2015 Volume 9 Issue 4 Pages 282-288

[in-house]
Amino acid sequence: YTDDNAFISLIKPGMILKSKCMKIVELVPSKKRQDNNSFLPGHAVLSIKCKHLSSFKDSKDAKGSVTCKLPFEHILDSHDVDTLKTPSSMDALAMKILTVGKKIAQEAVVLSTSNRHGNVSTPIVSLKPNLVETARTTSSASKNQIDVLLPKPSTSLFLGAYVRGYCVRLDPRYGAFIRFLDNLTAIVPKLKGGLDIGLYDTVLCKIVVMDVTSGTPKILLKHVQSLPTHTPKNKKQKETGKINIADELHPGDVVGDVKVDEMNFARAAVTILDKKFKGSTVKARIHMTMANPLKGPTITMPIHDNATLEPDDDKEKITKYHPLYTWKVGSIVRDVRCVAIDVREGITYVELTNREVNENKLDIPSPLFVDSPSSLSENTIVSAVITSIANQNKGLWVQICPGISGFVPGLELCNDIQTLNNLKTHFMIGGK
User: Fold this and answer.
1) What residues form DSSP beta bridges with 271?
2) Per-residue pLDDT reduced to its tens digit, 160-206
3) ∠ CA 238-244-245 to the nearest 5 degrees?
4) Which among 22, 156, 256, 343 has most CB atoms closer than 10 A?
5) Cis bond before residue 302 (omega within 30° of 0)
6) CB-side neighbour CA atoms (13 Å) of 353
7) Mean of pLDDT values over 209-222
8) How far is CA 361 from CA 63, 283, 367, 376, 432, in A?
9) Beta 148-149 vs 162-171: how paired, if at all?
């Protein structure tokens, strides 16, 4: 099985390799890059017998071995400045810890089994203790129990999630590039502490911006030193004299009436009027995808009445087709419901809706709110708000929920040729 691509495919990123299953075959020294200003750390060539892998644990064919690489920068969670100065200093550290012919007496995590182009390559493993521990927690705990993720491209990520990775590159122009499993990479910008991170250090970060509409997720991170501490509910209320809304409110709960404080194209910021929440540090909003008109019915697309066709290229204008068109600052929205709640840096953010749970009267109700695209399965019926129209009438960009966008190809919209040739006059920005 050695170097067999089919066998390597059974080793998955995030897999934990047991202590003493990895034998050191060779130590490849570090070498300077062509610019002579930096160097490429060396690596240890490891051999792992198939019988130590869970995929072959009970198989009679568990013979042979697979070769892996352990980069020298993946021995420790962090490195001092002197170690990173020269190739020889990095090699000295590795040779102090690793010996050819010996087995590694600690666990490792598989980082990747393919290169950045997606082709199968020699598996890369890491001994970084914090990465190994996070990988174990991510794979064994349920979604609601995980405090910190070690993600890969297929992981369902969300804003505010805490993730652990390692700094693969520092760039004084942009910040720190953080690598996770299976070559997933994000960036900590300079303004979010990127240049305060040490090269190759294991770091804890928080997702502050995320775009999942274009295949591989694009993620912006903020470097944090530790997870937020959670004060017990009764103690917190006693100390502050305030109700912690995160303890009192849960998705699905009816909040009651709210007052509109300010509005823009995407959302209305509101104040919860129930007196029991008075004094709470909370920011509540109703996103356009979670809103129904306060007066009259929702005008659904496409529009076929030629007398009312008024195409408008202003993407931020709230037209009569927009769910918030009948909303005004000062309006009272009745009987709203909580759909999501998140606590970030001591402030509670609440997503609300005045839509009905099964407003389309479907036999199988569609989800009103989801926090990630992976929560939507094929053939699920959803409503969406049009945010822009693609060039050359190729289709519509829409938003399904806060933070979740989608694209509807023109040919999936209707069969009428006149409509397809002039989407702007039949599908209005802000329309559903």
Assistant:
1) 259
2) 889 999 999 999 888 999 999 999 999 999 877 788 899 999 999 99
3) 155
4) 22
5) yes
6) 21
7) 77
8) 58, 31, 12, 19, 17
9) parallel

Some peptides that are highly conserved between insects and mammals have anti-tumor action. Screening for inhibitors of cell growth from animal fluids may provide useful clues to anti-tumor drugs. Inducers of autophagy also have anti-tumor activity. The current authors recently studied a protein found in silkworm hemolymph, Niemann-Pick disease type C2 (NPC2). This protein, which is highly conserved among eukaryotes, was found to have anti-proliferative action on a silkworm cell line. The current study found that the silkworm NPC2 protein also inhibits the growth of FM3A murine breast cancer cells. In FM3A cells, silkworm NPC2 increased phosphorylation of AMP-activated protein kinase and decreased phosphorylation of Akt and mammalian target of rapamycin, which are regulators of autophagy. This study also found that NPC2 increased the amount of microtubule-associated protein light chain 3 (LC3)-II, an autophagosome marker, in FM3A cells. Silkworm NPC2 also induced an increase in the number of LC3-dots, a marker of pre-autophagic endosomes, in FM3A cells. When silkworm NPC2 was used to inhibit FM3A cell growth, that inhibition was attenuated by chloroquine, which inhibits autophagic activity by preventing lysosomal acidification. Murine NPC2 also inhibited growth and induced autophagy in FM3A cells. These findings suggest that NPC2 is involved in the induction and/or maintenance of autophagy and may help to elucidate the mechanisms underlying other neurodegenerative disorders such as Niemann-Pick disease.